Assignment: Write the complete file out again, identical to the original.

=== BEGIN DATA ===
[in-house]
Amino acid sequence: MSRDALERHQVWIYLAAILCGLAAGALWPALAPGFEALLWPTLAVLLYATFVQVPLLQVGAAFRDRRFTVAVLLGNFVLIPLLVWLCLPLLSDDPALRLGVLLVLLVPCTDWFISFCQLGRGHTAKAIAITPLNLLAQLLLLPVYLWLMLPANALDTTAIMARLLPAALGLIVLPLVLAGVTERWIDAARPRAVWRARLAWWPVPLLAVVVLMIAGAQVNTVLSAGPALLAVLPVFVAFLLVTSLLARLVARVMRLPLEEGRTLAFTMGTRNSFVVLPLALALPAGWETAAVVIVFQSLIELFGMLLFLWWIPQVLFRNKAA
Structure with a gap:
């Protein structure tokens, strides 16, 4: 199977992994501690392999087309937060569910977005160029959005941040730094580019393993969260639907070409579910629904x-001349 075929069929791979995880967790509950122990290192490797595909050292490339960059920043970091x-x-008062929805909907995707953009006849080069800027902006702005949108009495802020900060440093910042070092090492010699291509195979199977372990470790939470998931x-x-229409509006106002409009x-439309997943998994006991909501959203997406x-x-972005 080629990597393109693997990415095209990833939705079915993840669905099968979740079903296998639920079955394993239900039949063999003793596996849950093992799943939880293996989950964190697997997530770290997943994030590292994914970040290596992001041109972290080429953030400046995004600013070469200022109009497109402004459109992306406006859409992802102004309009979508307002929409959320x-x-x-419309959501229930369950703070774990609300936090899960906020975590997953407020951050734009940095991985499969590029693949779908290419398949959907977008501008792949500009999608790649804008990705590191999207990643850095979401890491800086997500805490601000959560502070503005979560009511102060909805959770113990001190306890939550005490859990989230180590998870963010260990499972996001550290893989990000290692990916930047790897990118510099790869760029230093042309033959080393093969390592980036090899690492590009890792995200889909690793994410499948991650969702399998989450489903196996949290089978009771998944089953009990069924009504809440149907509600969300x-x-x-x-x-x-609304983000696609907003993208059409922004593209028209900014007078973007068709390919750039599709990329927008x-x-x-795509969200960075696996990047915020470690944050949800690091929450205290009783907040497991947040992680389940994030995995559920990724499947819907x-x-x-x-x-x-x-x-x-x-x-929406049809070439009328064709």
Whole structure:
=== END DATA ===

[in-house]
Amino acid sequence: MSRDALERHQVWIYLAAILCGLAAGALWPALAPGFEALLWPTLAVLLYATFVQVPLLQVGAAFRDRRFTVAVLLGNFVLIPLLVWLCLPLLSDDPALRLGVLLVLLVPCTDWFISFCQLGRGHTAKAIAITPLNLLAQLLLLPVYLWLMLPANALDTTAIMARLLPAALGLIVLPLVLAGVTERWIDAARPRAVWRARLAWWPVPLLAVVVLMIAGAQVNTVLSAGPALLAVLPVFVAFLLVTSLLARLVARVMRLPLEEGRTLAFTMGTRNSFVVLPLALALPAGWETAAVVIVFQSLIELFGMLLFLWWIPQVLFRNKAA
Structure with a gap:
């Protein structure tokens, strides 16, 4: 199977992994501690392999087309937060569910977005160029959005941040730094580019393993969260639907070409579910629904x-001349 075929069929791979995880967790509950122990290192490797595909050292490339960059920043970091x-x-008062929805909907995707953009006849080069800027902006702005949108009495802020900060440093910042070092090492010699291509195979199977372990470790939470998931x-x-229409509006106002409009x-439309997943998994006991909501959203997406x-x-972005 080629990597393109693997990415095209990833939705079915993840669905099968979740079903296998639920079955394993239900039949063999003793596996849950093992799943939880293996989950964190697997997530770290997943994030590292994914970040290596992001041109972290080429953030400046995004600013070469200022109009497109402004459109992306406006859409992802102004309009979508307002929409959320x-x-x-419309959501229930369950703070774990609300936090899960906020975590997953407020951050734009940095991985499969590029693949779908290419398949959907977008501008792949500009999608790649804008990705590191999207990643850095979401890491800086997500805490601000959560502070503005979560009511102060909805959770113990001190306890939550005490859990989230180590998870963010260990499972996001550290893989990000290692990916930047790897990118510099790869760029230093042309033959080393093969390592980036090899690492590009890792995200889909690793994410499948991650969702399998989450489903196996949290089978009771998944089953009990069924009504809440149907509600969300x-x-x-x-x-x-609304983000696609907003993208059409922004593209028209900014007078973007068709390919750039599709990329927008x-x-x-795509969200960075696996990047915020470690944050949800690091929450205290009783907040497991947040992680389940994030995995559920990724499947819907x-x-x-x-x-x-x-x-x-x-x-929406049809070439009328064709």
Whole structure: